The scapholunate interosseous ligament is an anatomically complex tissue displaying a C-shape and is located between the scaphoid and lunate bones in the wrist and is responsible for the stabilization of the joint . Damage to the scapholunate interosseous ligament (SLIL) is the most common ligament injury in the wrist with a particularly high incidence rate in young active individuals engaging in contact sports . Healing potential of complete tear of the SLIL is essentially non-existent due to its poor vascularization; therefore surgical intervention is necessary to maintain wrist stability and motion [3,4]. In fact, current treatment options for the management of SLIL injuries are unable to restore wrist mobility and hand function. In advanced cases of wrist instability or failed ligament reconstruction, fusion of carpal bones is performed, trading off wrist mobility for stability and pain relief. Scapho-lunate arthrodesis directly addresses the unstable joint but has been largely abandoned because of low fusion rates .
In an attempt to replace the SLIL and maintain a certain level of mobility in the wrist, some techniques use autologous bone-ligament-bone grafts harvested from either the foot or the wrist [6-11]. In this approach, anatomical and compositional similarities to the SLIL are desirable features. However, these grafts are limited by inadequate mechanical properties, poor bony fixation and donor morbidity. The use of tendon grafts routed through drill holes in the scaphoid and lunate have also been investigated, however the long term outcome is not known [12,13].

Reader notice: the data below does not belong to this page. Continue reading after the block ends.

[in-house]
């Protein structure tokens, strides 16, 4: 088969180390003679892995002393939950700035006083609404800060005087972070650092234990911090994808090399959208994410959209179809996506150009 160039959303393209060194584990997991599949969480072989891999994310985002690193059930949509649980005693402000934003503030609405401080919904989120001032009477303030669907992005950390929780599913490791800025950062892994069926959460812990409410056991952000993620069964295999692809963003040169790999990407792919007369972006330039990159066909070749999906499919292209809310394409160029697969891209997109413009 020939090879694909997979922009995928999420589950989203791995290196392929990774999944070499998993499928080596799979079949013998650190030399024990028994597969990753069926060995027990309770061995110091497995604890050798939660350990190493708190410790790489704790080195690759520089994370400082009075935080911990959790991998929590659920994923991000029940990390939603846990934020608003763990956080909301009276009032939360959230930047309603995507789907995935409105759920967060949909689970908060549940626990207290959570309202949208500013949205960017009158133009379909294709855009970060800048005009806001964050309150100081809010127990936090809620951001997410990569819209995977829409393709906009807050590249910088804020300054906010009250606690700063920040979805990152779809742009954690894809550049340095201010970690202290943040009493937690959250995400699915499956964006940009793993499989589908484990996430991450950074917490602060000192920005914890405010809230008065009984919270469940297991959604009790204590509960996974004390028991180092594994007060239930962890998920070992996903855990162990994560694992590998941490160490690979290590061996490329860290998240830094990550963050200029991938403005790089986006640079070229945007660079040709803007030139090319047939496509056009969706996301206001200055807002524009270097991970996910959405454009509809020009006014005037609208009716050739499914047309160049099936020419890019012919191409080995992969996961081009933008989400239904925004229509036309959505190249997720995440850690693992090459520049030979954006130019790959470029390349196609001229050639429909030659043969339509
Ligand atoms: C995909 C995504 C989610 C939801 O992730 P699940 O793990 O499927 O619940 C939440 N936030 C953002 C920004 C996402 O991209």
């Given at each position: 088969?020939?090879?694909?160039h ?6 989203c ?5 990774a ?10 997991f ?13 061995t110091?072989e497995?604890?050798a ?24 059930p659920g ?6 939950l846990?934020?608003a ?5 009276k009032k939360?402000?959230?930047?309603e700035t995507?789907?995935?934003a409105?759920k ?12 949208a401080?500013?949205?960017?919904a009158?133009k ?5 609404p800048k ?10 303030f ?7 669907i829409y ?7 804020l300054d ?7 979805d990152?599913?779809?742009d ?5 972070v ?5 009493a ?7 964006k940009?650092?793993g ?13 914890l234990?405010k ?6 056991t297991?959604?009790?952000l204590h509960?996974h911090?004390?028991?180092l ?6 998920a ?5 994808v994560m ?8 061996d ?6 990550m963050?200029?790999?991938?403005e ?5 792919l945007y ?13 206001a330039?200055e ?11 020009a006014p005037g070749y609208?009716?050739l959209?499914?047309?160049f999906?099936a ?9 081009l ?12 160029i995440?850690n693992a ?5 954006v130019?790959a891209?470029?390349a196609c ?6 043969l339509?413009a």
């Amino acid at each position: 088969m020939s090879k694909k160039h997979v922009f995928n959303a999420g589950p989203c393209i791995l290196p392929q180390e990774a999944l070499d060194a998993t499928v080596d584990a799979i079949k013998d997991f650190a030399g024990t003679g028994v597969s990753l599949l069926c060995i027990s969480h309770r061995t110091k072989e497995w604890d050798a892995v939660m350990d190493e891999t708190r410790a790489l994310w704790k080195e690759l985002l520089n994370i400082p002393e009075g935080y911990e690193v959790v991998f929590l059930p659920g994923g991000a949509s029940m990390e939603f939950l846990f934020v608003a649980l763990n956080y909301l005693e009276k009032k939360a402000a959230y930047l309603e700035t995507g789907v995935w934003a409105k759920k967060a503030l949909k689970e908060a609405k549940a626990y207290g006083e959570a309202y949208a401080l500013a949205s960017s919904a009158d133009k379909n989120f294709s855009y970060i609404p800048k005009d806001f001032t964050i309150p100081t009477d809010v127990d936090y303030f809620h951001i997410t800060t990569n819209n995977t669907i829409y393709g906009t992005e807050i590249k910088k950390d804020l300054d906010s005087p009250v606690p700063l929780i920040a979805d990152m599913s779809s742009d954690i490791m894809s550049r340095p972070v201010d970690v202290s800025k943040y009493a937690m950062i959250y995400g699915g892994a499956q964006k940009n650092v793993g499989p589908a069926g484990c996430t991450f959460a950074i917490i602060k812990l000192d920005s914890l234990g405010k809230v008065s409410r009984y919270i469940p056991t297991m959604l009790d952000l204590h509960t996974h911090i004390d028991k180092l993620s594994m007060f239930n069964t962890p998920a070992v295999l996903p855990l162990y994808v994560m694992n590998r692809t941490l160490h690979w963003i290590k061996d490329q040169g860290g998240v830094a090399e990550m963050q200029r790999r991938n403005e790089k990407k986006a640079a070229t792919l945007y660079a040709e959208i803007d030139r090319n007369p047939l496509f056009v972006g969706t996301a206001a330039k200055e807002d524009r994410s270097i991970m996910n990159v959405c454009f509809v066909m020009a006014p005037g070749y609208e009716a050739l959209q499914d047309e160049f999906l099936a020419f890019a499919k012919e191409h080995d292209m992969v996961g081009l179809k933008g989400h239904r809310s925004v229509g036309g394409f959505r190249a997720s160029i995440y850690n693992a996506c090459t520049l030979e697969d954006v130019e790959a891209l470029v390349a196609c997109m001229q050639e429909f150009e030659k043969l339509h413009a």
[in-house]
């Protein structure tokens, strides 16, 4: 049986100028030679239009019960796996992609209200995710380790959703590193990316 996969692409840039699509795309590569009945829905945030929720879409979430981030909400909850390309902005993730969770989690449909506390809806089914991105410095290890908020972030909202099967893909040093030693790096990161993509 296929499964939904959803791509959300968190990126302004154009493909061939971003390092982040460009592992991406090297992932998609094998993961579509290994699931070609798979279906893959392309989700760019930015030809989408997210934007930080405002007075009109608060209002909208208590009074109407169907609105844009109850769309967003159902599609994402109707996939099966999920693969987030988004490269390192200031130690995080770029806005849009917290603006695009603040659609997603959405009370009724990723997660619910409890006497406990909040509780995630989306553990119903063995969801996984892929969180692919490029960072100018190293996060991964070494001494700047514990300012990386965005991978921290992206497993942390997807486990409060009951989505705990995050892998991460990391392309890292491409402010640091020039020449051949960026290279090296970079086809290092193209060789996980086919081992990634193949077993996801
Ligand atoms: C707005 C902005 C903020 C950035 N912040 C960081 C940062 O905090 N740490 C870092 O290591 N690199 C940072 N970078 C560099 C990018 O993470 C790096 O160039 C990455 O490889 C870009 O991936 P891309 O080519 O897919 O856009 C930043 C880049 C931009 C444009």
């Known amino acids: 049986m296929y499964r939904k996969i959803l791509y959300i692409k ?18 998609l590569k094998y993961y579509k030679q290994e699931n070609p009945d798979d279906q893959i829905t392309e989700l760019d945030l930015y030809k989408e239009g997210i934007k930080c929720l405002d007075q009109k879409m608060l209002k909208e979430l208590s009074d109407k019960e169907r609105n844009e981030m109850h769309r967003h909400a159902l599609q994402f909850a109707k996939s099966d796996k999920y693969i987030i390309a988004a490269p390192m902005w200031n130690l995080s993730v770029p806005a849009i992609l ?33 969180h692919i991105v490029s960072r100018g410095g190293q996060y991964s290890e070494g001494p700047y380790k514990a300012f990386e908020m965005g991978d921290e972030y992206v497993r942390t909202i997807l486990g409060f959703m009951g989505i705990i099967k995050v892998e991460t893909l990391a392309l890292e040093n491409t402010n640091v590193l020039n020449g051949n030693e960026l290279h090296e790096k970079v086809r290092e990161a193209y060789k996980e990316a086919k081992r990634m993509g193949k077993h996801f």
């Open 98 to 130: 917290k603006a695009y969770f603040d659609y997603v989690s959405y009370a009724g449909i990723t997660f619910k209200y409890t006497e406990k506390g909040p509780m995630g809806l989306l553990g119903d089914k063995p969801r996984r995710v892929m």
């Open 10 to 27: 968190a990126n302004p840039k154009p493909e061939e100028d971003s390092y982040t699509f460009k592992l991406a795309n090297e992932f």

As seen above, there exists a plethora of reconstructive procedures and none has emerged as the gold standard surgical solution. The major drawback with all current reconstructive techniques is the lack of biomechanical similarity to the natural tissue. Current techniques involve either under-engineered constructs trying to mimic the natural tissue but neglecting stability, or over-engineered constructs trying to stabilize the joint but neglecting tissue mimicry. Therefore, these techniques involve long recovery times, limited weight bearing and/or motion, and none are currently able to restore the original kinematics of the wrist.